When writer-director Alankrita Shrivastava ran into Konkona Sen Sharma at their neighbourhood salon in Versova, Mumbai, one afternoon in 2018, the former mentioned a new script that she had written. The two had become friends while working on Lipstick Under My Burkha (2016) and understood each other’s creative worlds. When the script, titled Dolly Kitty Aur Woh Chamakte Sitare reached her inbox soon after, Sen Sharma read it and was impressed. Dolly is a woman who aspires to a picture-perfect life while hiding her conflicts behind an effervescent manner. When Shrivastava, 40, offered her the role, Sen Sharma agreed immediately.
“As you grow older — I am 41 now — you get fewer meaty and fulfilling roles. For most of my career, I have played women who are strong, morally upright and responsible. Often, that’s boring and not very truthful. Women are complex. It is nice to play a character who is not always making the right decisions or is always likeable,” says Sen Sharma, who has acted in movies like Mr and Mrs Iyer (2002), Omkara (2006), Luck By Chance (2009) and Ek Thi Daayan (2013).
A theme that runs through much of both Shrivastava and Sen Sharma’s work is gender. Sen Sharma’s directorial debut A Death in the Gunj (2016) is a tender yet unsettling exploration of masculinity, while all three of Shrivastava’s directorial ventures — Turning 30 (2011), Lipstick Under My Burkha (2017) and Dolly Kitty… — have women characters and their desires at their heart. “I inevitably find myself drawn to the interior, complex world of women. The moment you start exploring those characters, issues related to gender crop up. I try to look at these characters honestly and holistically,” says Shrivastava.
According to Sen Sharma, what’s interesting about these stories is the conflict that’s generated when social expectations are at odds with individual desires. But a lot of women, she says, are unaware of this conflict themselves, while some are only just beginning to understand it. “Many women can’t do anything about it as they don’t have choices. I also find it interesting how men behave (in such scenarios),” the actor-director says.
A growing number of storytellers, including Sen Sharma, Shrivastava, Meghna Gulzar, Ashwiny Iyer Tiwari and Anvita Dutt, are telling stories from women’s point of view and talking about women’s desire. This is a significant step for the Hindi film industry that often doesn’t make much space for women characters as the centre of their own stories or allow them to celebrate their imperfections. Shrivastava’s characters aren’t formulaic, whether it’s the elderly Rosy from Lipstick…who enjoys erotica and has sexual fantasies, or the young Kitty in the new film, who has just arrived in Noida from Bihar and is struggling to make her own choices.
“Women’s desire, historically, has not been looked at. By and large, women are seen as objects of male desire. That (women’s desire) is a direct threat to patriarchy. This could also be because women are not viewed as individuals, but as those who fulfil certain reproductive and sexual urges,” says Sen Sharma. Shrivastava echoes her thought: “There is very little sexual agency that women enjoy. That is kind of suppressed. It’s also about (the suppression of) other desires, like wanting to go watch a film or on a Sunday outing.” Shrivastava, who wrote the first draft of Dolly Kitty… in 2014, started shooting it towards the end of 2018 and the movie premiered at the Busan International Film Festival last October.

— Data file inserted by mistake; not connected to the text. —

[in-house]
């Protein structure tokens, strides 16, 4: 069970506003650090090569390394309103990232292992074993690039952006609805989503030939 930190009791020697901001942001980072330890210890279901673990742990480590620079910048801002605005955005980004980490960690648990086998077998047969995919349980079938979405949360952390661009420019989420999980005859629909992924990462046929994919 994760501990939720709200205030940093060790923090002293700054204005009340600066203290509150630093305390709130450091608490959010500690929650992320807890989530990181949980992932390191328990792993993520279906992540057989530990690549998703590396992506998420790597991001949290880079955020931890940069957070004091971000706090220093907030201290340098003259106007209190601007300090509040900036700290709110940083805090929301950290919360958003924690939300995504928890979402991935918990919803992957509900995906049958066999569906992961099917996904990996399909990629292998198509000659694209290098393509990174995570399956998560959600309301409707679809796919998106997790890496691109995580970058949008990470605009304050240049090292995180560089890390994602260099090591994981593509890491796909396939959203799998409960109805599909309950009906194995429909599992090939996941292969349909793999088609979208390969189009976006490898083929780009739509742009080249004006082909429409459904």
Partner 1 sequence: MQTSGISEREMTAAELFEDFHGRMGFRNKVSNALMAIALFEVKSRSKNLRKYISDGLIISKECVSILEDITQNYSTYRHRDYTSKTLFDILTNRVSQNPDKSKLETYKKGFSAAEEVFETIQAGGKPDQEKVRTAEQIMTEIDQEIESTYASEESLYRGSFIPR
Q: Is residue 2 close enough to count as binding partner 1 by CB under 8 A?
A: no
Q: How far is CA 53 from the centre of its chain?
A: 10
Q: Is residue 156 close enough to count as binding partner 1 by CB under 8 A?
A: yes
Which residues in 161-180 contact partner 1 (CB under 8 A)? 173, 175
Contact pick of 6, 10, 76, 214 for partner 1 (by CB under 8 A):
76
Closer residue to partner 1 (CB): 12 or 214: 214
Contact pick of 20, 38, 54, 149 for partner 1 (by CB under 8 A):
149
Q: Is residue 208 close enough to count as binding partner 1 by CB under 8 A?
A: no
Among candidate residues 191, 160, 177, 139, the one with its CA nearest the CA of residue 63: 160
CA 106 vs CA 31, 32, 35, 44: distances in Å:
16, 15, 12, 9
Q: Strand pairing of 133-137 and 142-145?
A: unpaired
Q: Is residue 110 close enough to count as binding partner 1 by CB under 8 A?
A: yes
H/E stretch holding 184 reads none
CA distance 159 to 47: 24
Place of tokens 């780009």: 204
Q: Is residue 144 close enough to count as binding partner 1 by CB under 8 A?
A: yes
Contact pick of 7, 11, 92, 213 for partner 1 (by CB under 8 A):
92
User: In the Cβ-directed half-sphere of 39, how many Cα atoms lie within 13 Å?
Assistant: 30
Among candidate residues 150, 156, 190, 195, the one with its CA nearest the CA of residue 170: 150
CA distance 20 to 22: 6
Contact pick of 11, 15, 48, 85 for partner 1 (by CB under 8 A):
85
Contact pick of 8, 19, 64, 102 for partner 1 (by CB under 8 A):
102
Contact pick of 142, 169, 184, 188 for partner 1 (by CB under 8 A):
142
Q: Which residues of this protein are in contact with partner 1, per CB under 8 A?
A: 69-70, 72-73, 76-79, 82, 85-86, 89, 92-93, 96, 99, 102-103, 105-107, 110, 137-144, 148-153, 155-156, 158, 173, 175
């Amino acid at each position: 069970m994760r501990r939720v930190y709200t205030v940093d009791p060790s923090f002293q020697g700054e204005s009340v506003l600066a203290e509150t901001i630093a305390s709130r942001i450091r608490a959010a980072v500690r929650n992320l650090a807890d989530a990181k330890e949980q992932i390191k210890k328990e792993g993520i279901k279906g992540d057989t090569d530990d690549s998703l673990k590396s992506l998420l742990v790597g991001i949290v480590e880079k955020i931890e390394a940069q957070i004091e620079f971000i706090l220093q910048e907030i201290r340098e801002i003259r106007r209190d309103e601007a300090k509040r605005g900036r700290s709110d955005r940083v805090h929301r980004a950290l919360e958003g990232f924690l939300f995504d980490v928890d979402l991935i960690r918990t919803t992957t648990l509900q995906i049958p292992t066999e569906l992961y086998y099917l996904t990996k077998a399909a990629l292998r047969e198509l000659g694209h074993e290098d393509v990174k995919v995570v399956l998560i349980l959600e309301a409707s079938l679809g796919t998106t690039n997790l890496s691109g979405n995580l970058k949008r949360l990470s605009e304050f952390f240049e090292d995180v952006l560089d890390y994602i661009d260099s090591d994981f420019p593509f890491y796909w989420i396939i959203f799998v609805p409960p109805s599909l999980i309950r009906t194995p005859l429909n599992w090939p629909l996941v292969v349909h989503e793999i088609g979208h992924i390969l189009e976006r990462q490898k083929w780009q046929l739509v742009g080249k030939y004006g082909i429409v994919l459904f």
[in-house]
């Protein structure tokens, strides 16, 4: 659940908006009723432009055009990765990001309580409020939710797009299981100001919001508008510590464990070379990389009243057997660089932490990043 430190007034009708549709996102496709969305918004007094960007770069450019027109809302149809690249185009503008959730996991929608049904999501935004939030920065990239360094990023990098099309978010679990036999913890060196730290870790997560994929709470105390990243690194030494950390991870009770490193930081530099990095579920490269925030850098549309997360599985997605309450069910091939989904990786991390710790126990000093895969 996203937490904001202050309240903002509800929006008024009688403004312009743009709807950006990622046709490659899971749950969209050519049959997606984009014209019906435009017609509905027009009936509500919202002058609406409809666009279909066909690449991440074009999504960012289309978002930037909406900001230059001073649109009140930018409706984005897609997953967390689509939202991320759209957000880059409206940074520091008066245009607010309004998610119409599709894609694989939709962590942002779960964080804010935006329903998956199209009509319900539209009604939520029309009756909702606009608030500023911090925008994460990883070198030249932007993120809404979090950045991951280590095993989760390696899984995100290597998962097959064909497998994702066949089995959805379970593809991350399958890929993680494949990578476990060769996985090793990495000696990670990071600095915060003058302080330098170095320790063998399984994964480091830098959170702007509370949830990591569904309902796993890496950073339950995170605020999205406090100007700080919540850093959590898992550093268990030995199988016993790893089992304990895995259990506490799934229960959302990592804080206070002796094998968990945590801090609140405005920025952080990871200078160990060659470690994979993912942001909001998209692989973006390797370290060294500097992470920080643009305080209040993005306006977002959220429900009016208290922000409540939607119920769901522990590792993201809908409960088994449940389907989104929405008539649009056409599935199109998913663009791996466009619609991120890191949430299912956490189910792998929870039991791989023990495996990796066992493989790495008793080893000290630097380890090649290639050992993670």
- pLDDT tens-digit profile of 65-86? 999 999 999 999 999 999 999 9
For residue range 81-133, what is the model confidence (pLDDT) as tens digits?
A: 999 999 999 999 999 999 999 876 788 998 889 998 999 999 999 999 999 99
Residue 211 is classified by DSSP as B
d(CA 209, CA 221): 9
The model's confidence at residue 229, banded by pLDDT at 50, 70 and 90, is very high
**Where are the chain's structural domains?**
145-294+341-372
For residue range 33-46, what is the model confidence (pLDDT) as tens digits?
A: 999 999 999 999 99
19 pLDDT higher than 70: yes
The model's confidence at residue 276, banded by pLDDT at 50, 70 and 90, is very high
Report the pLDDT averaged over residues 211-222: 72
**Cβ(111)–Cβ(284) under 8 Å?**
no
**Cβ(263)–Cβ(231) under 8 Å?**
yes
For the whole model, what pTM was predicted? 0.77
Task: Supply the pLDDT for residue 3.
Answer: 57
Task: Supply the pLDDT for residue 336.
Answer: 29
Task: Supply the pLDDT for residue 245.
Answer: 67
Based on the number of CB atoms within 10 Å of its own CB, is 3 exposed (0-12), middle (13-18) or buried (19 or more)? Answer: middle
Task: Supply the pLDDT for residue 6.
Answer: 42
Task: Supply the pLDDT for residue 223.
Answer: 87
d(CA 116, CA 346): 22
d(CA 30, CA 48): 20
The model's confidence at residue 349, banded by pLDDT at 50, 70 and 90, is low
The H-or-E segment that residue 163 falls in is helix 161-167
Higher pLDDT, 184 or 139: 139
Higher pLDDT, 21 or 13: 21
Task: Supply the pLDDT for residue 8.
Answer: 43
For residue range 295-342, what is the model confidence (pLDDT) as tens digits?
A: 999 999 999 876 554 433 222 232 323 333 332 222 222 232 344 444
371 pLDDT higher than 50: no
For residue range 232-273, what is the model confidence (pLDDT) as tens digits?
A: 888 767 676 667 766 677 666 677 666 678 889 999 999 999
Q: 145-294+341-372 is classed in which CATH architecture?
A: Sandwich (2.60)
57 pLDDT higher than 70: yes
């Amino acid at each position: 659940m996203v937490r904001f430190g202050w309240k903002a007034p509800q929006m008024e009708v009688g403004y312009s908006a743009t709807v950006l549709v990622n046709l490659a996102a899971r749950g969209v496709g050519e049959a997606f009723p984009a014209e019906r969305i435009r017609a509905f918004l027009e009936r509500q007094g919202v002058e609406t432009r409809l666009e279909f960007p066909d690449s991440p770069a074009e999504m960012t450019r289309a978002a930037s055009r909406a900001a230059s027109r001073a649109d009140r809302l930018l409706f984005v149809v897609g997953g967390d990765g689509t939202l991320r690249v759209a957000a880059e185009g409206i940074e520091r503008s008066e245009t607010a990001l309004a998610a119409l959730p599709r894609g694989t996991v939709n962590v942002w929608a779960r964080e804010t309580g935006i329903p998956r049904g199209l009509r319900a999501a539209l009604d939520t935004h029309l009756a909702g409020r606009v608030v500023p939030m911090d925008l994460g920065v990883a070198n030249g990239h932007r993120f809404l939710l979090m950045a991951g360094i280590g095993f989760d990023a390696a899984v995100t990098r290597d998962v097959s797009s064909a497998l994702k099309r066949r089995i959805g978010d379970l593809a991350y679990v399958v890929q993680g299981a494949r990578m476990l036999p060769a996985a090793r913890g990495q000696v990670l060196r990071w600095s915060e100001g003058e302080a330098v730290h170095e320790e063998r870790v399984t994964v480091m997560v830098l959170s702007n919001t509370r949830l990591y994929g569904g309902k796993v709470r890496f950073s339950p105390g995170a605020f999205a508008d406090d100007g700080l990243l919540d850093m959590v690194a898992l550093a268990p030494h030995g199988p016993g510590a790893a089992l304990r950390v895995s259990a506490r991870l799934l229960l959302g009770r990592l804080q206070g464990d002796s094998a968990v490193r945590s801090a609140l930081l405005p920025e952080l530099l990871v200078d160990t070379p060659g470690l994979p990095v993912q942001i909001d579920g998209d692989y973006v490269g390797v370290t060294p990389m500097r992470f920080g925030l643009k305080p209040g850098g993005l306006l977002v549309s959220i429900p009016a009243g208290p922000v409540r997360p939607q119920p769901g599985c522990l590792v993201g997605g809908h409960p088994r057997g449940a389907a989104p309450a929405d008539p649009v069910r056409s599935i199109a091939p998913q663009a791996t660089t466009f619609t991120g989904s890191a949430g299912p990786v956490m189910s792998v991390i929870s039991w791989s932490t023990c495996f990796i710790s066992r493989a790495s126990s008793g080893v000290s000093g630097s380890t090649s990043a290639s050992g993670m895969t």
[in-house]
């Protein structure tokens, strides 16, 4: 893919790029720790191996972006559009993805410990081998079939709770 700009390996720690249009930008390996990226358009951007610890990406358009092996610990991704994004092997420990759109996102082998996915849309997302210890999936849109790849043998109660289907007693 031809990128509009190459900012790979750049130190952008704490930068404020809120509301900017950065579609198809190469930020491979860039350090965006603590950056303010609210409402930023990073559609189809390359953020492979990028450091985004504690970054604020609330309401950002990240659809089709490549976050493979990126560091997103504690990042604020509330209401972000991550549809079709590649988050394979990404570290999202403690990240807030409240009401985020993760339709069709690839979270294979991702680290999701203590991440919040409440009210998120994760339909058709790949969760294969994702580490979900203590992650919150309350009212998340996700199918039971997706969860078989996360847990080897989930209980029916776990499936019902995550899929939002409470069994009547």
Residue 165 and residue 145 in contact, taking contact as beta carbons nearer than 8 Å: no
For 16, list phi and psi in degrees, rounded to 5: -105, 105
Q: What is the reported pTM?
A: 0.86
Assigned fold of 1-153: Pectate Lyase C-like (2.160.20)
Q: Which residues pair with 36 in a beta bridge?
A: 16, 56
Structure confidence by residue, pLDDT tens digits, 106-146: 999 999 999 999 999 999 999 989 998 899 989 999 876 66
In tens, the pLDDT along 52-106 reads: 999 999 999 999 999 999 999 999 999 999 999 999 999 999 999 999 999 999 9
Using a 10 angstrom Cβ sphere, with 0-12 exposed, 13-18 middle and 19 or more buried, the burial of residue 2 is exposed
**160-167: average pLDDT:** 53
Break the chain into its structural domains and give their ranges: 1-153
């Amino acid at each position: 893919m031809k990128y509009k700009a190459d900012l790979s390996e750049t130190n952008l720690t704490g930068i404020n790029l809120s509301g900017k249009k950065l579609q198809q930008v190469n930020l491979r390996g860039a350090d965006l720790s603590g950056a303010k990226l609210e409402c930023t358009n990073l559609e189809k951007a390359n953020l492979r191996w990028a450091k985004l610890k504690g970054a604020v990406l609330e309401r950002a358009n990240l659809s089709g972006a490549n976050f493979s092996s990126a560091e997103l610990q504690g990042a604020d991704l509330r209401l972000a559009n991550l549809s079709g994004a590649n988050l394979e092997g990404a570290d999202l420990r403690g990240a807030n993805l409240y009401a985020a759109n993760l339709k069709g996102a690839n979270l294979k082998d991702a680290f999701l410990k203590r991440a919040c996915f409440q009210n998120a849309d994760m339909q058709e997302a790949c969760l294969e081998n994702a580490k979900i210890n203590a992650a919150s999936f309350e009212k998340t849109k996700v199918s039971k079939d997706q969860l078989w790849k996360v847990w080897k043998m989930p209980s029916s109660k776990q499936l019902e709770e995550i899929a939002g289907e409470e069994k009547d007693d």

Key to the exploration of desire — both female and male — is the sensitive, meaningful depiction of sex, as seen in both Lipstick…and Dolly Kitty…, as well as Sen Sharma’s directorial debut, A Death in the Gunj (2016). “In A Death in the Gunj, sex scenes communicate many more things. It shows how Shutu (Vikrant Massey) is feeling when he has sex for the first time and how he is going to react to Mimi (Kalki Koechlin) later, and how sex between a married couple is different. Usually, a sexual act has layers (that are) unspoken,” says Sen Sharma.
Good narrative intentions apart, such scenes also require great care because, as Sen Sharma says, they might make an actor “feel vulnerable”. She says,“A musician will have an instrument, a cameraperson has a camera. As an actor, you have the body and you can’t just give it away to be used as a prop. What’s an actor’s relationship with his/her body? Your body is yourself and it also belongs to the character you are playing.” For Shrivastava, making her actors comfortable in these scenes is important, so she uses fewer shots and takes. “I don’t want to use the camera for titillation but for expression. The gaze is empathetic, not voyeuristic,” she adds.
A significant part of the narrative in Shrivastava’s new film is Pappu, Dolly’s younger son who loves to dress up as a girl and play with dolls. Gender non-conforming characters are rarely treated sensitively in Indian cinema, barring a few exceptions, such as Zoya Akhtar’s Sheila Ki Jawani, a part of the anthology film Bombay Talkies (2013). Wouldn’t it be wonderful if Pappu were to get his own story? “In the world of Dolly Kitty… he is an aspect of Dolly’s life. In accepting Pappu, Dolly accepts herself,” says Shrivastava.
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